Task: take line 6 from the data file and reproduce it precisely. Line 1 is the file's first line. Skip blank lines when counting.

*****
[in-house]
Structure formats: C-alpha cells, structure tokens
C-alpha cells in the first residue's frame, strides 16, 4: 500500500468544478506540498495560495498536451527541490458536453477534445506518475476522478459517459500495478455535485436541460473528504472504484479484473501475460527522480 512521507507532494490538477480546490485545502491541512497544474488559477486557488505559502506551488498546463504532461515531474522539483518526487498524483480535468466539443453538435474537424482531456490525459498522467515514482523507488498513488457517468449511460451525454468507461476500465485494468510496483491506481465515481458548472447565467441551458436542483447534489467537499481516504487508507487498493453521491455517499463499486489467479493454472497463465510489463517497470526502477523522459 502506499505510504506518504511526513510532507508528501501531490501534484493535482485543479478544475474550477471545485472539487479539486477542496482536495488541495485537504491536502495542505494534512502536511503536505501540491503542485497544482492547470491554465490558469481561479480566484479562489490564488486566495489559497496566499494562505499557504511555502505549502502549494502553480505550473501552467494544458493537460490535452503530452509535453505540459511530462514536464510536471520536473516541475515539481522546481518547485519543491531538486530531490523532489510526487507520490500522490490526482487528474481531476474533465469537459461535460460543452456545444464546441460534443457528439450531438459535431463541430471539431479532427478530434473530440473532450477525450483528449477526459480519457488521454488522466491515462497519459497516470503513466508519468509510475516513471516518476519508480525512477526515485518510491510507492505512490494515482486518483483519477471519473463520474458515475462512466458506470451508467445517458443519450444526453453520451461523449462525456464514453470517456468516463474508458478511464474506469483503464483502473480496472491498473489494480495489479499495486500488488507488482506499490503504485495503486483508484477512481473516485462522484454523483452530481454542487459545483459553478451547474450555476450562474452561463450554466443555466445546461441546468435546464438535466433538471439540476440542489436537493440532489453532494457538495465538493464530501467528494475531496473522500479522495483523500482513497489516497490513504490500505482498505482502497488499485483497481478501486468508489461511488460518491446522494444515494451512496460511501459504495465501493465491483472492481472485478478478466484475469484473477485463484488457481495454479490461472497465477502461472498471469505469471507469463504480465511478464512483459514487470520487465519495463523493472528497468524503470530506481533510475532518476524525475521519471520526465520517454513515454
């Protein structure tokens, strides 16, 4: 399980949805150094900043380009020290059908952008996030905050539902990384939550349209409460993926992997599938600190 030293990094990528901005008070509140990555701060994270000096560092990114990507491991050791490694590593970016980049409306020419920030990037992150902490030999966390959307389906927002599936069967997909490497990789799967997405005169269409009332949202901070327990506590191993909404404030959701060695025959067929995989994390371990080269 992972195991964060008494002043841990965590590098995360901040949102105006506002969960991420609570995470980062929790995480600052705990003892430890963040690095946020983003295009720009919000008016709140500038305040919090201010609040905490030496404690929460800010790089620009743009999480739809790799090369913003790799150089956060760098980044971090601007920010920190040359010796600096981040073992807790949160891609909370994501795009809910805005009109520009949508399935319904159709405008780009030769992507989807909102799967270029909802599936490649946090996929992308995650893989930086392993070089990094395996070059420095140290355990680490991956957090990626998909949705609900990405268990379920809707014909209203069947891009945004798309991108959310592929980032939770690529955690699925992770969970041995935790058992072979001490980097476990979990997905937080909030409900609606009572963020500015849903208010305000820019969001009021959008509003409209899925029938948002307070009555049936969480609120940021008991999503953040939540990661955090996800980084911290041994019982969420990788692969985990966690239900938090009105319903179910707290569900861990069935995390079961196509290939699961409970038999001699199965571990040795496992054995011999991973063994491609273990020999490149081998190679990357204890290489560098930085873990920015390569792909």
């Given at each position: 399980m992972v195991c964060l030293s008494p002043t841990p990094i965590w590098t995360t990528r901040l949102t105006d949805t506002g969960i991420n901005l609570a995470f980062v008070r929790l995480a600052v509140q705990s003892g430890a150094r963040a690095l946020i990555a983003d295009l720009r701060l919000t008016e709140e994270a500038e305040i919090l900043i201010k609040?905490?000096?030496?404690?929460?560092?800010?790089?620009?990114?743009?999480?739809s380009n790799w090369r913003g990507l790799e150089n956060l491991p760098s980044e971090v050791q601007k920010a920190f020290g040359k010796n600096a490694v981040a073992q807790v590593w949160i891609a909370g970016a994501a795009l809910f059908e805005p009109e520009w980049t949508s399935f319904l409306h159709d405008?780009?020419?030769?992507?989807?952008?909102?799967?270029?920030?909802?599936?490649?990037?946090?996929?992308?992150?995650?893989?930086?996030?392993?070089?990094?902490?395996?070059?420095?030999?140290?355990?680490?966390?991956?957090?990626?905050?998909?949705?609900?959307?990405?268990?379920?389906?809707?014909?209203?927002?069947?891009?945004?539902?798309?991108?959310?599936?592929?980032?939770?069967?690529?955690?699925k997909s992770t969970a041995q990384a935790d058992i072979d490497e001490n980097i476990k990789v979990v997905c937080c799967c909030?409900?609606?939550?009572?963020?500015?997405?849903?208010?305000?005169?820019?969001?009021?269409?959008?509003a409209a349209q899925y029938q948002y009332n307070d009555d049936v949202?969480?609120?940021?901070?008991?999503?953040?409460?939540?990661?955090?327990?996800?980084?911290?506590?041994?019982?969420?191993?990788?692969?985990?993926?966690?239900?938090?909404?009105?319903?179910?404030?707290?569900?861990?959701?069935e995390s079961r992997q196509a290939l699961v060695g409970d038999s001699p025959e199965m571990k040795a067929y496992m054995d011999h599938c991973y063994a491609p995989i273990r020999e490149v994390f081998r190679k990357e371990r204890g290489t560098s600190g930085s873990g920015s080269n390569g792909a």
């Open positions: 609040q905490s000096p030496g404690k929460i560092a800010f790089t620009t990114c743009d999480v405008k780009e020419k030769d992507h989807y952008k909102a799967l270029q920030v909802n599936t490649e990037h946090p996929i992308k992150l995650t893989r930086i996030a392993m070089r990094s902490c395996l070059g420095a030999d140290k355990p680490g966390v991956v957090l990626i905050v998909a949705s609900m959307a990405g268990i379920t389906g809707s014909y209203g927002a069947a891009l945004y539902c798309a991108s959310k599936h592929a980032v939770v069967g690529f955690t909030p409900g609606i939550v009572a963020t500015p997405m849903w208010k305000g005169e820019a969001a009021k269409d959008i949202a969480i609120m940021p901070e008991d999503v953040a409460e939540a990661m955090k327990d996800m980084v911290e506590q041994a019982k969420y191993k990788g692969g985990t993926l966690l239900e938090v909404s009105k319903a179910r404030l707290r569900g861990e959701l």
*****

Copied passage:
């Open positions: 609040q905490s000096p030496g404690k929460i560092a800010f790089t620009t990114c743009d999480v405008k780009e020419k030769d992507h989807y952008k909102a799967l270029q920030v909802n599936t490649e990037h946090p996929i992308k992150l995650t893989r930086i996030a392993m070089r990094s902490c395996l070059g420095a030999d140290k355990p680490g966390v991956v957090l990626i905050v998909a949705s609900m959307a990405g268990i379920t389906g809707s014909y209203g927002a069947a891009l945004y539902c798309a991108s959310k599936h592929a980032v939770v069967g690529f955690t909030p409900g609606i939550v009572a963020t500015p997405m849903w208010k305000g005169e820019a969001a009021k269409d959008i949202a969480i609120m940021p901070e008991d999503v953040a409460e939540a990661m955090k327990d996800m980084v911290e506590q041994a019982k969420y191993k990788g692969g985990t993926l966690l239900e938090v909404s009105k319903a179910r404030l707290r569900g861990e959701l």